There seems to be so many different creative approaches that people follow in order to pay off their credit card balance. We decided to come up with
our own in order to eliminate $6,500 in credit card balance. To begin with, it is not that we weren’t already making payments to reduce and even eliminate our balance. We were. In fact, we were often making hundreds of dollars in payments every month if not in the thousands. Problem was 2015 was unlike any other year. It was full of weddings and other family social events that cost us money. Then we had the biggest event of the year and our life: having our first baby and you know they don’t come cheap these days! And if these two things weren’t enough, of course, as a result of having the baby, my wife was on mat leave which meant she only got about 55% of her income. The government did start paying us a monthly benefit for our baby but we had decided that we wouldn’t spend any of it. Each and every cent since his first payment has gone towards an RESP account (and so has every dollar that relatives and friends gave us as gifts for his birth and baptism)
Needless to say, it was a year in which our expenses matched, and even exceeded our income, given all these things we had to deal with. By late September, I was growing tired with paying so much towards our credit card, yet we were barely making a dent into it. As I told my wife, we were taking one step forward, two steps backward. For example, if we paid $300 towards the balance on Monday, something would come up on Tuesday and had to pay $400 for something or more than one thing (buying something for the baby, a bill that was due etc.) We had to do something about it. By October 1st, the balance was $6500, and we decided that we had to pay the full balance by Dec 31st, or just over $2150 per month. If Dec 31 was here and there was still a balance, we would use money from our savings to pay it off. The idea was that this would force us to pay as much as we can so we don’t have to take from our savings. It would also discourage us from putting any non-necessary expenses or spending on the card. As part of the plan, we also decided to stop putting any money into our savings account and direct it towards paying off the credit card instead. It didn’t make sense to put money in a saving account that pays less than 1% in interest while having a big credit card balance that charges us close to 20% in interest. This redirecting of money that would otherwise go towards saving to pay off the credit card balance, meant that we were now paying double what we were paying in the past.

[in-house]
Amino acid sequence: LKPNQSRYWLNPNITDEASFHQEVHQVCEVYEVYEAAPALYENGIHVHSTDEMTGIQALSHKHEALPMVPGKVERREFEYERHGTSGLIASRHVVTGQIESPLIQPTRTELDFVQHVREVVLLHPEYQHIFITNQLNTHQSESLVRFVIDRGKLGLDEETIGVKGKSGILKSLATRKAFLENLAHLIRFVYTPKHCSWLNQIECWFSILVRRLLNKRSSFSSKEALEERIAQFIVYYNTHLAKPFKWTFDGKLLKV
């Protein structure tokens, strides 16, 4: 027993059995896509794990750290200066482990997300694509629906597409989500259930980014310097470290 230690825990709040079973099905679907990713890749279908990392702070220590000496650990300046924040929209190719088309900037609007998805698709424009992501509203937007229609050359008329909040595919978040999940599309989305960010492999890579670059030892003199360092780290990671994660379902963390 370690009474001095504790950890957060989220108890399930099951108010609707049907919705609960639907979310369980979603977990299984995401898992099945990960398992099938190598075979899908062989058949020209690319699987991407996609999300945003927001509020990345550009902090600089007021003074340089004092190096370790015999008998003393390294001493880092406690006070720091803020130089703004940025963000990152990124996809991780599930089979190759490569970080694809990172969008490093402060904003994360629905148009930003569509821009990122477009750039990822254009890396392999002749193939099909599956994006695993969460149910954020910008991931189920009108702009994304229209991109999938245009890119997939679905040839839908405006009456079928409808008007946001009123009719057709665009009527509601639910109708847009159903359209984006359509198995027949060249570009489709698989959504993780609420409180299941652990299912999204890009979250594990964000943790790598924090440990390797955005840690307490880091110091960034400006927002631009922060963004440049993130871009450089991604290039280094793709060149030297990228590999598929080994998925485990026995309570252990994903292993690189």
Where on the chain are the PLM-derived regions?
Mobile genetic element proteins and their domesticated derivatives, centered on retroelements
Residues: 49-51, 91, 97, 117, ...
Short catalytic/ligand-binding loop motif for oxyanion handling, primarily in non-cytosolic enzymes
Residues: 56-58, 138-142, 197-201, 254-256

And there you have it. All it took was a commitment. But wait, there is more to it. A commitment alone is not enough, unless someone is very strong willed. As part of the commitment, I designed a simple spreadsheet (called it ‘VISA Repayment Plan’) to track our payment progress, starting from the first and middle of each month (i.e October 1st , October 15, Nov 1, Nov 15, Dec 1, Dec 15, and Dec 31) On each one of these dates, we would update our balance and beside it, we would put an arrow: up, down or no change, indicating how much our balance had changed from the previous month. It is amazing what a powerful and magical impact that one sheet of paper had! We attached it to our bathroom door, so it was always in plain sight, thus reminding us of the task at hand. Just before Dec 31, our balance had been reduced to less than $1000 which we used our savings to pay off! So all in all, with little help from our savings, we managed to pay off $6500 in credit card balance in exactly 3 months. All in a year in which money was tight. As you can see, the main point here is commitment: if you have one, coupled with a clear timeline, and you stick to it, you will achieve your goal. You can apply this same principle to other objectives in your life such as ‘weight loss’ , ‘saving money’ etc.